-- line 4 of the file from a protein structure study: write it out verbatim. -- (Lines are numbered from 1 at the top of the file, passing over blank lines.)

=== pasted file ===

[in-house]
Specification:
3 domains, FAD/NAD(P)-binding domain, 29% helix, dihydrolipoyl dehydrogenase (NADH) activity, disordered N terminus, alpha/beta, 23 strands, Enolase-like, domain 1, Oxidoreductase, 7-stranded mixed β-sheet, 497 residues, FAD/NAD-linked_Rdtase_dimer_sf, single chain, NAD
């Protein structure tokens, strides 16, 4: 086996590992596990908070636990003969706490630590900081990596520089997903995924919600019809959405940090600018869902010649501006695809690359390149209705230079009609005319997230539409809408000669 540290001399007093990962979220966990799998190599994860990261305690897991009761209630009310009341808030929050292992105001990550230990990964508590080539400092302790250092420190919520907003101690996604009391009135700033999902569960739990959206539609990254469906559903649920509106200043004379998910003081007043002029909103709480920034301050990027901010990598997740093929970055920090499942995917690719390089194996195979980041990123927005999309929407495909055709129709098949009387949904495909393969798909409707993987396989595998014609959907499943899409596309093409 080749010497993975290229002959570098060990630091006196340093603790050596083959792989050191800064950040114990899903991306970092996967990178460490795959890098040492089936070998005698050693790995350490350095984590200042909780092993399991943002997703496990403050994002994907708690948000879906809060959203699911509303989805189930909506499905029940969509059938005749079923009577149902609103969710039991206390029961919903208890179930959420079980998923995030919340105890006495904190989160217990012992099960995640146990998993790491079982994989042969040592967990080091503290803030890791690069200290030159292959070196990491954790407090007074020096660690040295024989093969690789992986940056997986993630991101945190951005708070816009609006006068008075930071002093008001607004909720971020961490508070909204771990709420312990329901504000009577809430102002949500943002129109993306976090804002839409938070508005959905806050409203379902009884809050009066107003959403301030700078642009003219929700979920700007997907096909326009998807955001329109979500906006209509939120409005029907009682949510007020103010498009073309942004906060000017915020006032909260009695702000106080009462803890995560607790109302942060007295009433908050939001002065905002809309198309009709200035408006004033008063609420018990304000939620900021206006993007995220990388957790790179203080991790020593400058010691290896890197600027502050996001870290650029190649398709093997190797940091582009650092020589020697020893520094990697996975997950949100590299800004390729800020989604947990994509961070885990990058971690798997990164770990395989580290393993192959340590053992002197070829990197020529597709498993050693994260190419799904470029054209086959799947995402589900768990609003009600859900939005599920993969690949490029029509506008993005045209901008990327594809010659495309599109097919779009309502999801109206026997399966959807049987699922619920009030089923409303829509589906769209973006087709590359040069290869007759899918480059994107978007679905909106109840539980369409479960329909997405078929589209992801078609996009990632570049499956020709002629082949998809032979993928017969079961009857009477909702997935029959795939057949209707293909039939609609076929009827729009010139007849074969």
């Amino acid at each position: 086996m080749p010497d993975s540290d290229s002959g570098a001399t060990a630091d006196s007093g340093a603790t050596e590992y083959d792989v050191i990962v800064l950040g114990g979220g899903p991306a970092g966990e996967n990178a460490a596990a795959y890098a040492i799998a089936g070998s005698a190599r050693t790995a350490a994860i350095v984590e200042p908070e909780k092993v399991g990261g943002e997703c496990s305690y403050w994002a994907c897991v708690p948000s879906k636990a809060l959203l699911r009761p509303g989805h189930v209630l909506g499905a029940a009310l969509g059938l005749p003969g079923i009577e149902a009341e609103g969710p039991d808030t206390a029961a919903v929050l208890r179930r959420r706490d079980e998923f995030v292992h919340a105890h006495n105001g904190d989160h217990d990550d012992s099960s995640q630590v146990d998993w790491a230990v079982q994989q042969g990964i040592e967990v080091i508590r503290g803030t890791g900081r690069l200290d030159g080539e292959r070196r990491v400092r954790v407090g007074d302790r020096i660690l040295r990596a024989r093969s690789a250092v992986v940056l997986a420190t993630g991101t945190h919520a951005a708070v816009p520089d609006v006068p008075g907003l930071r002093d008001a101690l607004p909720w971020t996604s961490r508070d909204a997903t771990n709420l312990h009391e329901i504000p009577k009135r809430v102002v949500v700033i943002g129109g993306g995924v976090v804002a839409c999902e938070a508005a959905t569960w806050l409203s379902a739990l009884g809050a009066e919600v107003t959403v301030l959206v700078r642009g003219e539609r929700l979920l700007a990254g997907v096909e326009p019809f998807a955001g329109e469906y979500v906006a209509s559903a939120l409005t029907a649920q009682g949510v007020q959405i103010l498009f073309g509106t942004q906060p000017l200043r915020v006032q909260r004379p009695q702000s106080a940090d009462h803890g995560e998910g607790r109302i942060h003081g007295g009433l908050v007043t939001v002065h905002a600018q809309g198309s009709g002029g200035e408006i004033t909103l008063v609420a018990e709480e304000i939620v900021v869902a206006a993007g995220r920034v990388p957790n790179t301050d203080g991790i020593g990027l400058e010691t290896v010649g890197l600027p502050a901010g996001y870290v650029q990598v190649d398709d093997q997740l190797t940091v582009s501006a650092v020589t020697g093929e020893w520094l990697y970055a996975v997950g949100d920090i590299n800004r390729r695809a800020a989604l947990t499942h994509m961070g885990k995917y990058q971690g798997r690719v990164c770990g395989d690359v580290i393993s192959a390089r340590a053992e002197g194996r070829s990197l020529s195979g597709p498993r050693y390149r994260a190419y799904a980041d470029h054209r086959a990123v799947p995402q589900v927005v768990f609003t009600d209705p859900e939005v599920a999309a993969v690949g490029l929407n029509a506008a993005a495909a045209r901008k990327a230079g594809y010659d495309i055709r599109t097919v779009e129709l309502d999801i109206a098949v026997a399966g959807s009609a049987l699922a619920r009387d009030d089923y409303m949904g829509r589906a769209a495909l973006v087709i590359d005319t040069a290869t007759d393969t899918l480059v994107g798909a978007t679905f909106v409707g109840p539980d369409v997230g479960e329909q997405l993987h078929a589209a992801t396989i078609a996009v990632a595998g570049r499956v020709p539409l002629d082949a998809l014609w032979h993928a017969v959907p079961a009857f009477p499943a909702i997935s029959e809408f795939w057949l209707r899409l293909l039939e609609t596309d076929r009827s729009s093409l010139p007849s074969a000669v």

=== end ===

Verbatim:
């Protein structure tokens, strides 16, 4: 086996590992596990908070636990003969706490630590900081990596520089997903995924919600019809959405940090600018869902010649501006695809690359390149209705230079009609005319997230539409809408000669 540290001399007093990962979220966990799998190599994860990261305690897991009761209630009310009341808030929050292992105001990550230990990964508590080539400092302790250092420190919520907003101690996604009391009135700033999902569960739990959206539609990254469906559903649920509106200043004379998910003081007043002029909103709480920034301050990027901010990598997740093929970055920090499942995917690719390089194996195979980041990123927005999309929407495909055709129709098949009387949904495909393969798909409707993987396989595998014609959907499943899409596309093409 080749010497993975290229002959570098060990630091006196340093603790050596083959792989050191800064950040114990899903991306970092996967990178460490795959890098040492089936070998005698050693790995350490350095984590200042909780092993399991943002997703496990403050994002994907708690948000879906809060959203699911509303989805189930909506499905029940969509059938005749079923009577149902609103969710039991206390029961919903208890179930959420079980998923995030919340105890006495904190989160217990012992099960995640146990998993790491079982994989042969040592967990080091503290803030890791690069200290030159292959070196990491954790407090007074020096660690040295024989093969690789992986940056997986993630991101945190951005708070816009609006006068008075930071002093008001607004909720971020961490508070909204771990709420312990329901504000009577809430102002949500943002129109993306976090804002839409938070508005959905806050409203379902009884809050009066107003959403301030700078642009003219929700979920700007997907096909326009998807955001329109979500906006209509939120409005029907009682949510007020103010498009073309942004906060000017915020006032909260009695702000106080009462803890995560607790109302942060007295009433908050939001002065905002809309198309009709200035408006004033008063609420018990304000939620900021206006993007995220990388957790790179203080991790020593400058010691290896890197600027502050996001870290650029190649398709093997190797940091582009650092020589020697020893520094990697996975997950949100590299800004390729800020989604947990994509961070885990990058971690798997990164770990395989580290393993192959340590053992002197070829990197020529597709498993050693994260190419799904470029054209086959799947995402589900768990609003009600859900939005599920993969690949490029029509506008993005045209901008990327594809010659495309599109097919779009309502999801109206026997399966959807049987699922619920009030089923409303829509589906769209973006087709590359040069290869007759899918480059994107978007679905909106109840539980369409479960329909997405078929589209992801078609996009990632570049499956020709002629082949998809032979993928017969079961009857009477909702997935029959795939057949209707293909039939609609076929009827729009010139007849074969």